Schedule UTP requires companies to provide a concise description of each uncertain tax position for which they have recorded a reserve in their financial statements, or for which no reserve has been recorded because of an expectation of litigation. These uncertain tax positions are identified by corporations during the process of preparing financial statements for SEC filing under applicable FASB accounting standards, such as FIN 48. In reviewing and verifying financial statements for compliance with FIN 48, independent auditors may ask for copies of legal opinions and other documents in order to understand transactions, to understand the legal bases for the treatment of transactions, and to determine the adequacy of reserves for contingent tax liabilities. Under the codification of accounting standards, the relevant portions of FIN 48 are now contained in Accounting Standards Codification subtopic 740-10, Income Taxes. FASB ASC 740-10.
In Announcement 2010-76, the IRS expanded its policy of restraint in connection with its decision to require corporations to file Schedule UTP and will forgo seeking particular documents that relate to uncertain tax positions and the work papers that document the completion of Schedule UTP. In reviewing and verifying financial statements for compliance with FIN 48, independent auditors may ask for copies of legal opinions and other documents in order to understand transactions, to understand the legal bases for the treatment of transactions, and to determine the adequacy of reserves for contingent tax liabilities.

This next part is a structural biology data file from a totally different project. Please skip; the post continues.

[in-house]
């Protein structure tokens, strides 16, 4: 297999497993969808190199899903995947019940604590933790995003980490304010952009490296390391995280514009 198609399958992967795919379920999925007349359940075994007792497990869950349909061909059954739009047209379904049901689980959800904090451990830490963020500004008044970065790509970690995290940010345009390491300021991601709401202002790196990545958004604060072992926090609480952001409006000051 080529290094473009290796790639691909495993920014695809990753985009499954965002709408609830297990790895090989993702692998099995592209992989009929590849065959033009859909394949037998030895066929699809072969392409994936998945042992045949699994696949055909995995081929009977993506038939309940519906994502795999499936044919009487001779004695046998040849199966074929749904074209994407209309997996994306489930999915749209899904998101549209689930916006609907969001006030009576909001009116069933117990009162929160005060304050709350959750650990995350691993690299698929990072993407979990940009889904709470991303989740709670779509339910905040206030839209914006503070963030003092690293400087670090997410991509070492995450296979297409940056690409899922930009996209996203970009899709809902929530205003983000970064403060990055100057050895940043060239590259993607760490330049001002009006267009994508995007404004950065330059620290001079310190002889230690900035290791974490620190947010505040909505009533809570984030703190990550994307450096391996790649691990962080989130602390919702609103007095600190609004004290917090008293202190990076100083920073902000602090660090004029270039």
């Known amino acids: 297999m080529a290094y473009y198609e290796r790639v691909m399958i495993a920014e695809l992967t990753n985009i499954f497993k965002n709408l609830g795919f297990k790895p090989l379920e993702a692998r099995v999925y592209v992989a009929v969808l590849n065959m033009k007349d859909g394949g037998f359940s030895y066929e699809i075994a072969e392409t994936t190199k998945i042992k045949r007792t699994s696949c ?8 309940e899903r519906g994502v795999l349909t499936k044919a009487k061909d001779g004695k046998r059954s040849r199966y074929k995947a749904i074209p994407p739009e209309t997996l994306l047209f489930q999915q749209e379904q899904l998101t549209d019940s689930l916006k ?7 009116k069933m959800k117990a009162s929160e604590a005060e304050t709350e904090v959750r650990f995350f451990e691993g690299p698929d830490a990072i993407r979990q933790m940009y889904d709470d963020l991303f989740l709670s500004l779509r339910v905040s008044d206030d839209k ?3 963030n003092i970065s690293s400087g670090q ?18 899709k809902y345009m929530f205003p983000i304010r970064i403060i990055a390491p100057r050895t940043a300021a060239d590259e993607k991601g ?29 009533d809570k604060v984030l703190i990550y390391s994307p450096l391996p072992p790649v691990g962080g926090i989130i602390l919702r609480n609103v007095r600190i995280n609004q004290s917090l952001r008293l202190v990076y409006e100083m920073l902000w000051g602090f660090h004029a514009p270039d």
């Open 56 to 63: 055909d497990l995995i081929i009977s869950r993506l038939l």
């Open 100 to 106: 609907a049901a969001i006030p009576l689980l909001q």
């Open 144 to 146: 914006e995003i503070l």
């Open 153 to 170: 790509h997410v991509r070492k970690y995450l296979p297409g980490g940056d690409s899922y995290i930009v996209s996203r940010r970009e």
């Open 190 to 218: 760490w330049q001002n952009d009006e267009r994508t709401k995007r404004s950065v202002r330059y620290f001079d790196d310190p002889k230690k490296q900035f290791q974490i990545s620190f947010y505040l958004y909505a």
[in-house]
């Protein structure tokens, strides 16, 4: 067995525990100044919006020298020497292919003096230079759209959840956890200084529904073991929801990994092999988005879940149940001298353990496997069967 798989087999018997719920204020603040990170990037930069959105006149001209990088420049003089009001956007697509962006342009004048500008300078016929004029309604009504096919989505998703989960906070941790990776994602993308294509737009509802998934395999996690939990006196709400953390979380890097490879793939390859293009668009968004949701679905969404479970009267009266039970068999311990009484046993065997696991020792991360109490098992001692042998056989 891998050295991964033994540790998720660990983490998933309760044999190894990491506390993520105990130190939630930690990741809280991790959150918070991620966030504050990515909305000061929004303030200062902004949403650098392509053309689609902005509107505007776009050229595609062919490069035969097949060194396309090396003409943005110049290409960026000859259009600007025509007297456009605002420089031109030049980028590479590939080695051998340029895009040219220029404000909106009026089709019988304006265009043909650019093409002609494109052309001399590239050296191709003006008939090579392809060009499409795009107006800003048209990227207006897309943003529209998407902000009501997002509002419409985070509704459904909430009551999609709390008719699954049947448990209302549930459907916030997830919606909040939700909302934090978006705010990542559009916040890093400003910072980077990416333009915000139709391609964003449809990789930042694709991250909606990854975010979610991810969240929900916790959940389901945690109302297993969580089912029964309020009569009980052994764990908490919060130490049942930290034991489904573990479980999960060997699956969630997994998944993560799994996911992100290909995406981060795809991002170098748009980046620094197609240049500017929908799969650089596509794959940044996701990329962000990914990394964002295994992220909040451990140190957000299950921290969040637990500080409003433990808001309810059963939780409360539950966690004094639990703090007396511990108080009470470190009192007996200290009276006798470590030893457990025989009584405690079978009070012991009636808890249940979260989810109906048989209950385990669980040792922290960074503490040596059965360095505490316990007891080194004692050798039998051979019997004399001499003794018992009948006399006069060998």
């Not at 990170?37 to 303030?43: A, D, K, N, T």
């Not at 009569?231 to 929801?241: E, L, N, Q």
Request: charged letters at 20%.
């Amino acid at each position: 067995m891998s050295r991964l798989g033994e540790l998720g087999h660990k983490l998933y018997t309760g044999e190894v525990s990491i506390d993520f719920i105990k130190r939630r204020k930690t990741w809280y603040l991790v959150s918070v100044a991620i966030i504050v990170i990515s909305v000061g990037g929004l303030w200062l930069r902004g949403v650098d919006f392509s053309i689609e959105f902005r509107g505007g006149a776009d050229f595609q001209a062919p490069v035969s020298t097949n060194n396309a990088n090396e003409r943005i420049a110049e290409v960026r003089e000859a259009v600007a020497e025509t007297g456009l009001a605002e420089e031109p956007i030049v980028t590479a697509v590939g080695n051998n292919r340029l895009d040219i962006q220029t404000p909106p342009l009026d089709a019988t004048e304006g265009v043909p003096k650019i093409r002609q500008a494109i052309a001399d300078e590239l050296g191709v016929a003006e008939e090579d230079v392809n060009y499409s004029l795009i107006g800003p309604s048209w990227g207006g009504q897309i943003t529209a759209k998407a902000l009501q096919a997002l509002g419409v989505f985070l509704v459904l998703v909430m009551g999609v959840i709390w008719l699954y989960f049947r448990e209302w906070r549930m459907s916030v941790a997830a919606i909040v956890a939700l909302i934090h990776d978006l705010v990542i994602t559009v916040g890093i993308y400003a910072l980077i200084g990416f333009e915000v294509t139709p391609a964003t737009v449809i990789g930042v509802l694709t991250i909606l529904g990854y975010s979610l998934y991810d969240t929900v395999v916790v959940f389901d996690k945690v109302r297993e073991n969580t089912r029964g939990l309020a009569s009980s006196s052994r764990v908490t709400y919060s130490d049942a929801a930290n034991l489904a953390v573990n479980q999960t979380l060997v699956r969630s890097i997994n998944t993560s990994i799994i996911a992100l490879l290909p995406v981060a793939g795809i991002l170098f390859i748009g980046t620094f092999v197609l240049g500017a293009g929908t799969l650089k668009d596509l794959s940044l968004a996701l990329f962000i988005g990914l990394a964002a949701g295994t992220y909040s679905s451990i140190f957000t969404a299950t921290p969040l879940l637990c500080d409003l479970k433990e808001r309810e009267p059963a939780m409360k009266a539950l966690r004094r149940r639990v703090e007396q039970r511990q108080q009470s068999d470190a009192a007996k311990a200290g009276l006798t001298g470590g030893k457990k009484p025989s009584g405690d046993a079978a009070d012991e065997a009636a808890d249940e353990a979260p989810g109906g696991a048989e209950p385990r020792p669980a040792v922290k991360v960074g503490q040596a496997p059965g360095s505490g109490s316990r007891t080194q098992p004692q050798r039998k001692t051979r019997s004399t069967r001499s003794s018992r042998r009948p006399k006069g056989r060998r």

The issue of whether the IRS can discover tax accrual work papers remains extremely contentious and has now divided the federal courts. A panel of the DC Circuit Court of Appeals ruled that a memo prepared by a company's outside audit firm recounting the thoughts of corporate counsel on the prospect of tax litigation over company partnerships could be protected attorney work product. Similarly, the panel said that a company's disclosure to the independent auditor of a tax opinion on company partnerships by outside counsel did not constitute a waiver of the work product privilege. Disclosure to an adversary or a conduit to an adversary could waive the privilege, noted the panel, but a company's independent outside auditor of its financial statements is neither an adversary of the company nor a conduit to its adversaries. The government sought production of the documents in connection with ongoing tax litigation with the company. (US v. Deloitte LLP, US Court of Appeals for the DC Circuit, No. 09-5171, June 29, 2010).
Earlier, the full First Circuit Court of Appeals, in a 3-2 opinion, ruled that the attorney work product doctrine does not shield from an IRS summons tax accrual work papers prepared by a company’s lawyers to support the calculation of tax reserves for audited financial statements filed with the SEC. The Textron Inc. v. United States, Dkt. No. 09-750. In a 3-2 opinion, the full appeals court held that the purpose of the tax audit work papers was not to prepare for litigation, but rather to make book entries, prepare financial statements and obtain a clean audit.